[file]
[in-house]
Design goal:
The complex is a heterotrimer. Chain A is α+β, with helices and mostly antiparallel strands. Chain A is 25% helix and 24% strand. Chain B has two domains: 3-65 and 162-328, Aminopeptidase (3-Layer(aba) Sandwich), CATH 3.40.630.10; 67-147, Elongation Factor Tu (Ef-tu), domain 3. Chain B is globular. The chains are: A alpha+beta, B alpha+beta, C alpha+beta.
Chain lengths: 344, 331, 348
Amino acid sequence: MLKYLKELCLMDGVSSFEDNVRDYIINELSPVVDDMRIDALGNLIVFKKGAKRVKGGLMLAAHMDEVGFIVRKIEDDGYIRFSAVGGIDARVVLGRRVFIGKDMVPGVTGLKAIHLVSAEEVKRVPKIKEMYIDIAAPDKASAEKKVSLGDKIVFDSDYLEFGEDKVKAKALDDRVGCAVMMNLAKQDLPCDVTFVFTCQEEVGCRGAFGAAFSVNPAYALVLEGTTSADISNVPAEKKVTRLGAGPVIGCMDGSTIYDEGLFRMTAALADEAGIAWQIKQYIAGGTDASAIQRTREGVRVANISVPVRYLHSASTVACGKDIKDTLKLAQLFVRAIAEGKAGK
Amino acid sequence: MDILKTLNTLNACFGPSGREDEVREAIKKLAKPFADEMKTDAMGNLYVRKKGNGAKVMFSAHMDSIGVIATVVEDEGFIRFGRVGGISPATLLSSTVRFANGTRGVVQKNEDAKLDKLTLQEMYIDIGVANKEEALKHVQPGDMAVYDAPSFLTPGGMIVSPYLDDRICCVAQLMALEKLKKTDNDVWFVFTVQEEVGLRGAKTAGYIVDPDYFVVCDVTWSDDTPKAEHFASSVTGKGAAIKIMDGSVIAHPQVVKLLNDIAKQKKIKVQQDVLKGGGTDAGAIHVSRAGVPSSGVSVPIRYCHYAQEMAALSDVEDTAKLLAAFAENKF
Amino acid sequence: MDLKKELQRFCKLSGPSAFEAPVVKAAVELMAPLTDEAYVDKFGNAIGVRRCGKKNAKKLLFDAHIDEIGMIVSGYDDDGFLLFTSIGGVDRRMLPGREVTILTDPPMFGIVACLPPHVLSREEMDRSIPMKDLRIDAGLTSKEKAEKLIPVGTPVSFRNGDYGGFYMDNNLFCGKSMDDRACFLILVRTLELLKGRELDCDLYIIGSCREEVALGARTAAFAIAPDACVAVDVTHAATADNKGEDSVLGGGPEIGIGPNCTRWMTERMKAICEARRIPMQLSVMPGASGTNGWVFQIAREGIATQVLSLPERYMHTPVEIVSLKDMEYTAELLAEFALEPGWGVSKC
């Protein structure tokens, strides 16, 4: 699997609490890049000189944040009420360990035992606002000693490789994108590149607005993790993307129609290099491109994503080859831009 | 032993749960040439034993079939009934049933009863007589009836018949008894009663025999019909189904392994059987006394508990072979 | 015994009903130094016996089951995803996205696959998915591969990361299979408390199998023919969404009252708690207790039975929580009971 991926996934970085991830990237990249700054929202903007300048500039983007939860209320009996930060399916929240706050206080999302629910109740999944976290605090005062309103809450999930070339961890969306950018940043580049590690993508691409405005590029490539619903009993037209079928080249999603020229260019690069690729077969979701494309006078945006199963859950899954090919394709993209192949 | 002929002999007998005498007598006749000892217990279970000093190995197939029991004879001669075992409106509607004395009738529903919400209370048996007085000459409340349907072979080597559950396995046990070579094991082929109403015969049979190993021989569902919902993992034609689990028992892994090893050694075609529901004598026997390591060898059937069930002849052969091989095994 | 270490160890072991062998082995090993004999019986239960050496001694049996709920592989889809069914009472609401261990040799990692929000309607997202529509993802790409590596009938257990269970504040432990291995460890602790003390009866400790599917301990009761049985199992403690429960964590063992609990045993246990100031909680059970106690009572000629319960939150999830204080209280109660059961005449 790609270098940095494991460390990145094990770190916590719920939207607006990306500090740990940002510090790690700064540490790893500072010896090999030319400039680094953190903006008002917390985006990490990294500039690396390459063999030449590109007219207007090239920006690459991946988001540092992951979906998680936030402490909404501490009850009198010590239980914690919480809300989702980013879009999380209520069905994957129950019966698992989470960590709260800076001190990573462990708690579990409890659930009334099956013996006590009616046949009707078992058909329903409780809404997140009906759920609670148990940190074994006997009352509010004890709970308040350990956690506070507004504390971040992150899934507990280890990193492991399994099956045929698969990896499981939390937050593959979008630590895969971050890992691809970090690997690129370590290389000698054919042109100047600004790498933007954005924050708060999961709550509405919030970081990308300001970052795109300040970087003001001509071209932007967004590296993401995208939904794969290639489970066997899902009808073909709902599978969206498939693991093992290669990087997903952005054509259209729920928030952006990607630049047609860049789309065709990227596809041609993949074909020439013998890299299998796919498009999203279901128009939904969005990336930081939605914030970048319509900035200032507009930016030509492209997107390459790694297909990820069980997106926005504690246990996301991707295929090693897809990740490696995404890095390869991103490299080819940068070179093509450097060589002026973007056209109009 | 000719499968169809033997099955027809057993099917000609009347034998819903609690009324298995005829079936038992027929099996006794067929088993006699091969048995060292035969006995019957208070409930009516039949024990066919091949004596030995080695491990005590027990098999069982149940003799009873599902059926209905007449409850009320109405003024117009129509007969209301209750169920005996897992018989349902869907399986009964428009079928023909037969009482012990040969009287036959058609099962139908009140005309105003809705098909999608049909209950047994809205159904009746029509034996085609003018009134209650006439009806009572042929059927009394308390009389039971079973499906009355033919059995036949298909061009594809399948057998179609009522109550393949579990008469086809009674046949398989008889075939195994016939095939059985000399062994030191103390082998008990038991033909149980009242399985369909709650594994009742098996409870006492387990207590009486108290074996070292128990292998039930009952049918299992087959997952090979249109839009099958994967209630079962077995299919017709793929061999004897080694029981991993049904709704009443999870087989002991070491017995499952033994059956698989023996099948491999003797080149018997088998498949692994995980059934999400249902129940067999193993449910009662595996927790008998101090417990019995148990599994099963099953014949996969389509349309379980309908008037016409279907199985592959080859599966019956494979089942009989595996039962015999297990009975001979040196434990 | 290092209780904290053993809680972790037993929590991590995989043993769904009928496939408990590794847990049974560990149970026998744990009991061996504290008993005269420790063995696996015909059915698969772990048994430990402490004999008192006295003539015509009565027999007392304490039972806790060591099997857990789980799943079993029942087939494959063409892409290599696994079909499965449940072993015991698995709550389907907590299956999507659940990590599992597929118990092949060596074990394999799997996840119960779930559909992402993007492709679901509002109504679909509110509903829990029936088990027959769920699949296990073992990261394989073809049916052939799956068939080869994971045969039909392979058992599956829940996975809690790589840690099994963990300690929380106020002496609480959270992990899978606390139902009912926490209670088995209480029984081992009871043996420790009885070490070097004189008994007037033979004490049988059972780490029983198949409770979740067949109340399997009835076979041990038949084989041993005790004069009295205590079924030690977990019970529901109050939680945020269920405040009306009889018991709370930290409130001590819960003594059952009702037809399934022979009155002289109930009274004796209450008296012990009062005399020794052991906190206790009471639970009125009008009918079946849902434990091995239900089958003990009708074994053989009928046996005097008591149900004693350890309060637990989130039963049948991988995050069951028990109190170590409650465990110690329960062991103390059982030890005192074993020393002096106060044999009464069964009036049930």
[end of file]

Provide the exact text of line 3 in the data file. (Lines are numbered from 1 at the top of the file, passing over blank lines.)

The complex is a heterotrimer. Chain A is α+β, with helices and mostly antiparallel strands. Chain A is 25% helix and 24% strand. Chain B has two domains: 3-65 and 162-328, Aminopeptidase (3-Layer(aba) Sandwich), CATH 3.40.630.10; 67-147, Elongation Factor Tu (Ef-tu), domain 3. Chain B is globular. The chains are: A alpha+beta, B alpha+beta, C alpha+beta.